EHedger Closing Grain Commentary 8/27/10
Aug 27, 2010
It was a strong day for the grains after this week’s choppy trade.
Outside markets kept grains on the defensive for the first half of the week. Strong sales and a weaker dollar kept grains supported Thursday/Friday. For the week corn is down ¼ cent, November soybeans were up 22, and December wheat was down 17.
Today’s strength in equities/commodities came after Federal Reserve Chairman Bernanke’s speech which basically said the Fed would take action if necessary to support the US economy.
The Commitment of Traders report shows that the Large Spec Trader decreased their net long position on corn by 14047 contracts (Futures and Options combined.) For soybeans they decreased their net long position by 8029 contracts. For all-wheat they increased their net long position by 6,957 contracts. The funds still hold sizeable net long positions in corn/wheat/beans.
Early yield reports continue to come in below year-ago numbers for corn and above year ago numbers for soybeans. It is obviously still very early and we will have to see if this trend continues. Corn continues to be supported by good demand, uncertainty on the final crop size and on the fact that corn needs to "buy" acres next year. Until there is more evidence on the crop size, it will be hard for the corn market to fall apart. At the same time, we are just beginning harvest and the speculators have near-record "long" positions. This combination could easily cause a large sell-off from these levels as we head further into harvest. The cash markets have already started to separate from the futures as basis levels have plummeted in recent weeks. This could spill over into the futures markets and cause a sell-off over the next 30-45 days. Once harvest is over, corn should remain relatively strong as we head into next spring.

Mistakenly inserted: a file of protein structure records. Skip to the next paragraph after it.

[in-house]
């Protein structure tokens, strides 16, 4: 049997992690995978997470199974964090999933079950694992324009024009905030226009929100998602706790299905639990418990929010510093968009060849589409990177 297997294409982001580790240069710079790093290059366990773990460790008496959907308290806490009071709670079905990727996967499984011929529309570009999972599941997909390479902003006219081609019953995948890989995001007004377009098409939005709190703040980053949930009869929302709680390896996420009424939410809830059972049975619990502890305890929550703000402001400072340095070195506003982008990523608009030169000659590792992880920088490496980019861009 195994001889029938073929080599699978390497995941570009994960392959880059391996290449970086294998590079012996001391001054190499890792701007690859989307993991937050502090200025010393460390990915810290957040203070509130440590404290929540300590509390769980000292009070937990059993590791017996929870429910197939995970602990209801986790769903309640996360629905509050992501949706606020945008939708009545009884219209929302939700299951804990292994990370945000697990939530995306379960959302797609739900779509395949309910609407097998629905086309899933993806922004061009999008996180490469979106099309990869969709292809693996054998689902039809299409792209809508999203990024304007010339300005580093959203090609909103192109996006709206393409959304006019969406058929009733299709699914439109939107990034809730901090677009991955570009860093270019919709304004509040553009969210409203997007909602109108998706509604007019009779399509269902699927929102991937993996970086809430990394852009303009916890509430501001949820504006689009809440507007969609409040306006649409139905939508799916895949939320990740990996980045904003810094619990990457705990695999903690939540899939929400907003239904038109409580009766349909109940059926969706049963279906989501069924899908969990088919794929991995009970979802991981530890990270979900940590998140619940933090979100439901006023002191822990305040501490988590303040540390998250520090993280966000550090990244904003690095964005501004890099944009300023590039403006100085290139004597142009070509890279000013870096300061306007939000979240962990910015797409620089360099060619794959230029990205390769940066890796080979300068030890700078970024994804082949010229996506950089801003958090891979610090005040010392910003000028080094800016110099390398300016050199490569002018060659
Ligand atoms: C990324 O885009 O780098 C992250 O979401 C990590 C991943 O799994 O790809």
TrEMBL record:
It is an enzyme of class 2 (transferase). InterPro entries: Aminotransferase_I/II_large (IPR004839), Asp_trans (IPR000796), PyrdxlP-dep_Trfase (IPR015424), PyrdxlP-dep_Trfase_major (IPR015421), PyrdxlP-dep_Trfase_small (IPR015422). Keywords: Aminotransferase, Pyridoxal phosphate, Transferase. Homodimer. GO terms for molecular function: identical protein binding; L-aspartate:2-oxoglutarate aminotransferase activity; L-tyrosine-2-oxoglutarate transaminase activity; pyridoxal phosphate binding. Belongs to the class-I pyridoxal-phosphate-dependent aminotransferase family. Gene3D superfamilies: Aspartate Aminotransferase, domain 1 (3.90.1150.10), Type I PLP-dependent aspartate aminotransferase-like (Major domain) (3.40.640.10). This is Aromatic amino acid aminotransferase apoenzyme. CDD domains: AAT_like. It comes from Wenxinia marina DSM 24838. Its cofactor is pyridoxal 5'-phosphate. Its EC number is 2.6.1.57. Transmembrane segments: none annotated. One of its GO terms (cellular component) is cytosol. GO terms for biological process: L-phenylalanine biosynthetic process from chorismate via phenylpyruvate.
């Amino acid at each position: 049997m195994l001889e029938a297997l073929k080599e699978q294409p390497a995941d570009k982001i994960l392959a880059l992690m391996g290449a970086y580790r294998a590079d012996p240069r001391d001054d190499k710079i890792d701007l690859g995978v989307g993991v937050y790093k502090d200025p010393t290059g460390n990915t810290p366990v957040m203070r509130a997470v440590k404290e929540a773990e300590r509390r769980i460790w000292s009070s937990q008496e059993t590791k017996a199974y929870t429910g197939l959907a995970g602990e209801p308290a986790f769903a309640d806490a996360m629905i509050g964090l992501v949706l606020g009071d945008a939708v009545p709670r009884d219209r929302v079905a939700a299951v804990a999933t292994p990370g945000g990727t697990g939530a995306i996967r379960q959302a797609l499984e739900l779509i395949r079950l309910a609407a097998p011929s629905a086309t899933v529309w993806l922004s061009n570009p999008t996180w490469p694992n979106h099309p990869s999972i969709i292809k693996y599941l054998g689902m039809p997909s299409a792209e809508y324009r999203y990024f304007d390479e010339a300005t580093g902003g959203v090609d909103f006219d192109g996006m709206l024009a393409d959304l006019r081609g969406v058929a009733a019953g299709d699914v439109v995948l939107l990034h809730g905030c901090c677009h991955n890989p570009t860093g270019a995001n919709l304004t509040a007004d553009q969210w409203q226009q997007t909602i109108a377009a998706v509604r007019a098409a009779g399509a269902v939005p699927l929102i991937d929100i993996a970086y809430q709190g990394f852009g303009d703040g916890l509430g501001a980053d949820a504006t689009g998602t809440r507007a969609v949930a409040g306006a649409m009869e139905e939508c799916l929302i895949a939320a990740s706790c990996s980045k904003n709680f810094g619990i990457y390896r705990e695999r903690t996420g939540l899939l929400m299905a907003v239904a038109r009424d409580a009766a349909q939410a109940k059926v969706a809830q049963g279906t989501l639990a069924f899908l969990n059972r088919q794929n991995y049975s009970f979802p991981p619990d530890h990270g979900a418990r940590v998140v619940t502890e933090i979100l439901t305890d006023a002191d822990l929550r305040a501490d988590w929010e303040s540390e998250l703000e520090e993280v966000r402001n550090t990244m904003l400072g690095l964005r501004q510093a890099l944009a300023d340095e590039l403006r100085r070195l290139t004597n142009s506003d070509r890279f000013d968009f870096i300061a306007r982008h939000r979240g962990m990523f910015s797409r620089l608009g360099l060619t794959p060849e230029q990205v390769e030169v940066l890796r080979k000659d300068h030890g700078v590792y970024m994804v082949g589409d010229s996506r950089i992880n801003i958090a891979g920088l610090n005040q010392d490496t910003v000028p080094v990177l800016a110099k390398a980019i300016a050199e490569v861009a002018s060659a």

Soybean basis levels have dropped sharply as fresh soybean supplies are beginning to filter in from the Delta. Early yield reports look promising and we still believe that the national soybean yield is going up from the latest USDA estimates. Soybean options continue to be priced at historically low levels. This means that producers can buy puts or calls at very cheap levels. We currently have on November calls to protect our sales. Soybeans puts are also very cheap and would be a good alternative for producers who don't want to make additional sales at this time but still want downside protection.
Wheat was the weakest of the three this week. The wheat market is on a large break coming from a large rally. Prices are currently at mid-level of the highs and lows and looking for direction. Prices are being set for crop insurance right now and by Sep. 15 we will know the Guarantee price. As long as prices remain here or higher during that timeframe, we should see a sharp increase in acres. This is weighing on prices. The still unknown size of the Russian crop and how the export ban will affect our exports is supporting prices at these levels. Our exports have picked up, but will need to increase from current levels to justify these prices. I think we are sitting good on our hedges for now.